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iFi Audio hip-dac2 – Late Autumn Colors

iFi Audio hip-dac2 – Late Autumn Colors

 

 

iFi Audio hip-dac2 is the latest DAC/AMP from iFi, and it is priced at 190 USD, and comes with full Balanced output, MQA support, Hi-Res support. It will be compared to other high-quality DAC/AMPs in the price range, including Earmen TR-AMP (250 USD),  JDs Labs Atom+ + JDS Labs DAC+ Stack (100 USD + 100 USD), and Hiby R3 PRO (200 USD). 

 


 

 

 

Introduction

 

iFi Audio is one of those high-end companies from the UK, with great products, good marketing, and excellent overall support for their customers. They generally have great build quality for all their products, and I personally witnessed them offering free repairs, volume knobs and other kind help to fans over Head-fi, as well as other forums. They are also supported and sold on Amazon, where I recommend purchasing their products from, and they are supported by local shops too, being not only easily available, but easy to test, and return if you’re not fully satisfied with their products. 

 

It should be noted that I have absolutely no affiliation with ifi Audio or AMR (Abbingdon Music Research Group). I’d like to thank ifi Audio for providing the sample for this review. This review reflects my personal experience with iFi hip-dac2. Every opinion expressed is mine and I stand by it. The purpose of this review is to help those interested in hip-dac2 find their next music companion. 

 

 

 

Product Link

 

You can grab one from www.amazon.com here: https://amzn.to/3JIhWKs

 

If you’re in the UK, you can grab one from www.amazon.co.uk here: https://amzn.to/33FQv3E

 

And if you’re from Europe, you can grab one from www.amazon.de here: https://amzn.to/32cW3BS

 

 

 

Packaging

 

First things first, let’s get the packaging out of the way:

 

 

 

 

We have a nice package for hip-dac2, with all the cables you may need, and also rubber feet included in the package. Since the unit needs an OTG Female connector, it is worth mentioning that all the OTG Cables I tested with hip-dac2 are compatible and work perfectly, so as long as you have any OTG Cable on hand, you should be fine. 

 

 

 

Build Quality/Aesthetics/Features

 

 

 

We have a really ergonomic unit with hip-dac2, rounded all around the edges, with a colorful, metallic shell, of a copper brown in color. The unit has no buttons on the wide areas, and all inputs / outputs are at the front and at the back of hip-dac2. iFi joined the MQA crowd with full MQA decoding support for hip-dac2, but they also have a fully balanced output now, in 4.4mm format, and with tons of driving power. While I stutter and keep reading it off the package in my video review, I feel it funny that you’re also reading it now. The power output is rated at 280mW on the Single Ended output, and 400mW on the Balanced output, both at 32 OHMs. If you have hard to drive, high impedance headphones, like Sennheiser HD660S, or Sennheiser HD800S, then the voltage rating is 6.3Volts over the balanced connector, and 3.2 Volts on the Single Ended connector, at 600 OHMs. 

 

 

Hip-Dac2 is really light, weighing just 125 Grams, and it can charge over USB-C. It cannot receive data over the Type-C connector, only on the USB Type-A Male connector, for which you will need an OTG connector. The connector speed is 3.0, but it is backwards compatible with 2.0 cables and OTG adapters, so you should have no problems using it with virtually any source, and it works just fine with my PC and my smartphone. 

 

 

The decoding abilities include DSD, up to DSD256, PCM up to 384 kHz, and MQA up to 384 kHz. The battery life is around 8 hours stated by iFi, and I got around 6-7 hours in my actual usage, since I’m mainly using Flac files, high volumes and also MQA / Hi-Res files. The Single ended output is named S-E / S-balanced, or Single Balanced, basically trying to combine both channels in a single ended configuration, trying to draw advantages from both using SE and having a balanced connector.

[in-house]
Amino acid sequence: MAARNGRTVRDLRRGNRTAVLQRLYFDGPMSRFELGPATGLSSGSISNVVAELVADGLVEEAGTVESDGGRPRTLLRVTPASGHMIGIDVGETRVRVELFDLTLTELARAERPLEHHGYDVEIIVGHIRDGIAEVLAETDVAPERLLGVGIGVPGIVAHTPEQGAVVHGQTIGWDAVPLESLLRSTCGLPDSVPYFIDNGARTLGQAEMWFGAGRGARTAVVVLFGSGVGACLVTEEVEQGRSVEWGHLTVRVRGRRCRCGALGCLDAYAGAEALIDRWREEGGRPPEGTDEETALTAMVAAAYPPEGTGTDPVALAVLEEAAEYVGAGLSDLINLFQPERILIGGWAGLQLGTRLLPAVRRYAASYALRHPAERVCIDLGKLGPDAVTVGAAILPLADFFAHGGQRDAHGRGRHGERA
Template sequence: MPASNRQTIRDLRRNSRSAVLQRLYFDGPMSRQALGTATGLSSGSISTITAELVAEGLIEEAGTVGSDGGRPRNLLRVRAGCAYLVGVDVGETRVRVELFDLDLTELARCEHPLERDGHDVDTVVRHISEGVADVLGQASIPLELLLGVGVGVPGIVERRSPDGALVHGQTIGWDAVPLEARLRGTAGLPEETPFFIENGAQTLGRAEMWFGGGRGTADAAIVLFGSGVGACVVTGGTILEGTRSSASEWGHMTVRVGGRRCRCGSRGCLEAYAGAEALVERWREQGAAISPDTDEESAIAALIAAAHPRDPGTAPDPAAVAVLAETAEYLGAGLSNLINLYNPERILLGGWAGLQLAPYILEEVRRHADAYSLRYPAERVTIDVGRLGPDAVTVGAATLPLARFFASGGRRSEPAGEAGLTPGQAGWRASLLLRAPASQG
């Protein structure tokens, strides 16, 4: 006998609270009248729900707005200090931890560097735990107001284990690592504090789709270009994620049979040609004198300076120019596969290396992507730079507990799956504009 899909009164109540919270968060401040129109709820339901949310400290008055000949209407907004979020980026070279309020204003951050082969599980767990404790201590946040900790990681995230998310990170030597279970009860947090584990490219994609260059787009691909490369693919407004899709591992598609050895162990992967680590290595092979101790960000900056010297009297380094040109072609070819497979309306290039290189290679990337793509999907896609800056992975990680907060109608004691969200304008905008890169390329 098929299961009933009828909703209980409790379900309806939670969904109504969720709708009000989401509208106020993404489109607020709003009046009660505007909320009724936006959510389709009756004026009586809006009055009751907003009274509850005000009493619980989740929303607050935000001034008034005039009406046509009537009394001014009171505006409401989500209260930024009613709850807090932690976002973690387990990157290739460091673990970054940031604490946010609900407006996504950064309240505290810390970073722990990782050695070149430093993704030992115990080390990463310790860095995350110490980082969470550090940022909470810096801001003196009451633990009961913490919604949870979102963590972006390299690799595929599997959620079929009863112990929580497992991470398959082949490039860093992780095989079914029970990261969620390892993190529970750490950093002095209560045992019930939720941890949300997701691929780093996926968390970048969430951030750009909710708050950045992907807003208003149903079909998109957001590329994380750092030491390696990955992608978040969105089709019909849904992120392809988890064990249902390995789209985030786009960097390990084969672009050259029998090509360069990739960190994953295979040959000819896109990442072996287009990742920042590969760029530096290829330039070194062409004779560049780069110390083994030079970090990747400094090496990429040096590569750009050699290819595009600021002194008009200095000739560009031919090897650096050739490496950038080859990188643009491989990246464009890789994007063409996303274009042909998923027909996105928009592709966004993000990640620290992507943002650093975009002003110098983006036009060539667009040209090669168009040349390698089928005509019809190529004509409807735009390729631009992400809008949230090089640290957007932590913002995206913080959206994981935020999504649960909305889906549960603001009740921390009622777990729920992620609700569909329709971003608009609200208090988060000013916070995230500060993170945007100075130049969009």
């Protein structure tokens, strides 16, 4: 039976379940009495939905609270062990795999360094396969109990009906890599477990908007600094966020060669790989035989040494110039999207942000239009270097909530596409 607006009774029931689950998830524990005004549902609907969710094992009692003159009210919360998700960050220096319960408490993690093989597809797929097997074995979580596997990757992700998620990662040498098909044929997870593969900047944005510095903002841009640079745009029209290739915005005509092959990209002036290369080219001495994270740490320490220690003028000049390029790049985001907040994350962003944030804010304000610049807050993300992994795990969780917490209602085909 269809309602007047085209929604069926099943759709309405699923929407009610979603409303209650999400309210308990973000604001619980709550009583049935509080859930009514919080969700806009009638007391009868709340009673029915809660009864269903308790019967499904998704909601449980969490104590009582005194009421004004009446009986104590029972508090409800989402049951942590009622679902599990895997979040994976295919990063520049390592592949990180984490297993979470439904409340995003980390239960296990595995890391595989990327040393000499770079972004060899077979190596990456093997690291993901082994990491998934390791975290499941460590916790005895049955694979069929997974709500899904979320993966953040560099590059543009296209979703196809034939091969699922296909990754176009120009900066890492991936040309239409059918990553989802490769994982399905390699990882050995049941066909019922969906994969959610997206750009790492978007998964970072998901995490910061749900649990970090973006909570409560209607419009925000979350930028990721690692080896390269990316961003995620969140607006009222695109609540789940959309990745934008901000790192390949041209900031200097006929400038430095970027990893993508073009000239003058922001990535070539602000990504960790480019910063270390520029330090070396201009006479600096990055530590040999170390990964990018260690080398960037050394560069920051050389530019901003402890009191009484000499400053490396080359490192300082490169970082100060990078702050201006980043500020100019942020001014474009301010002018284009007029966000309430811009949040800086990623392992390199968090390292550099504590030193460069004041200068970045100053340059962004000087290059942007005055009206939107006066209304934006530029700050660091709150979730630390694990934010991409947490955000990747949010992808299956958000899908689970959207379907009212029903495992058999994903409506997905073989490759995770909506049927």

You won’t need a driver for using the hip-dac2, it works by default with both my smartphone and my PC. We have two buttons at the front of hip-dac2, one for X-Bass and one for gain. I enjoy the X-Bass function greatly, it adds about 6-8dB of Bass all across the BASS range, while the Gain function turns on low or high gain. The Bass Boost function is analogue, providing a boost distortion-free, with a really well rounded presentation. 

 

The op-amps are iFi custom OV op-AMPs, TKD C0G capacitors, and a rotary volume pot that’s analogue. There is some minor channel imbalance until 9am, but you won’t notice it, as you’re unlikely to listen at such quiet volumes, where channel imbalance happens. We don’t know exactly what DAC is inside hip-dac2, but we know it is a Burr-Brown MultiBit DAC. If you forget it is turned on, hip-dac2 seems to have a power saving mode, where it tends to shut down while it is not receiving a signal, and the light starts to blink. 

 

 

 

Sound Quality

 

For testing hip-dac2, I have used multiple IEMs, Headphones, and sources, including Crosszone CZ-10, Crosszone CZ-8A, HIFIMAN Ananda, Sivga Peacock, IMR Audio Elan, Moondrop Illumination, and Campfire Ara. There is no background hissing / noise with any of them, and hip-dac2 has more than enough power to drive basically all of the headphones I threw at it, at both high and low volumes. The overall signature of the hip-dac2 is slightly similar to the original hip-dac, slightly warm, warmer than absolutely neutral, with a good sense of space and detail / resolution. The stage is both deeper and wider than expected. Please keep in mind that all things considered, I’m judging the hip-dac2 for the price of about 200 USD, and I’m not comparing it to 500 USD DAC/AMPs here, so an excellent soundstage will be considered an excellent soundstage for a 200 USD DAC/AMP. 

 

 

The bass of the hip-dac2 is warm, slightly uplifted above the neutral, especially in the mid bass, but you can easily boost the sub-bass and thicken the sound a bit if you engage the X-Bass function. There’s a much better impact and depth to the lows using X-Bass, and both the kick and the rumble is higher with X-Bass engaged. By default, the bass is lean, and doesn’t have a huge amount of impact, most of the warmth being in the upper bass / lower midrange. The overall resolution is great for the bass, and you can hear good nuance as well. With leaner headphones like CZ-10, you sometimes yearn for more, and reach for that X-Bass button, while with bass heavy headphones like Sivga SV021, the default bass is perfect.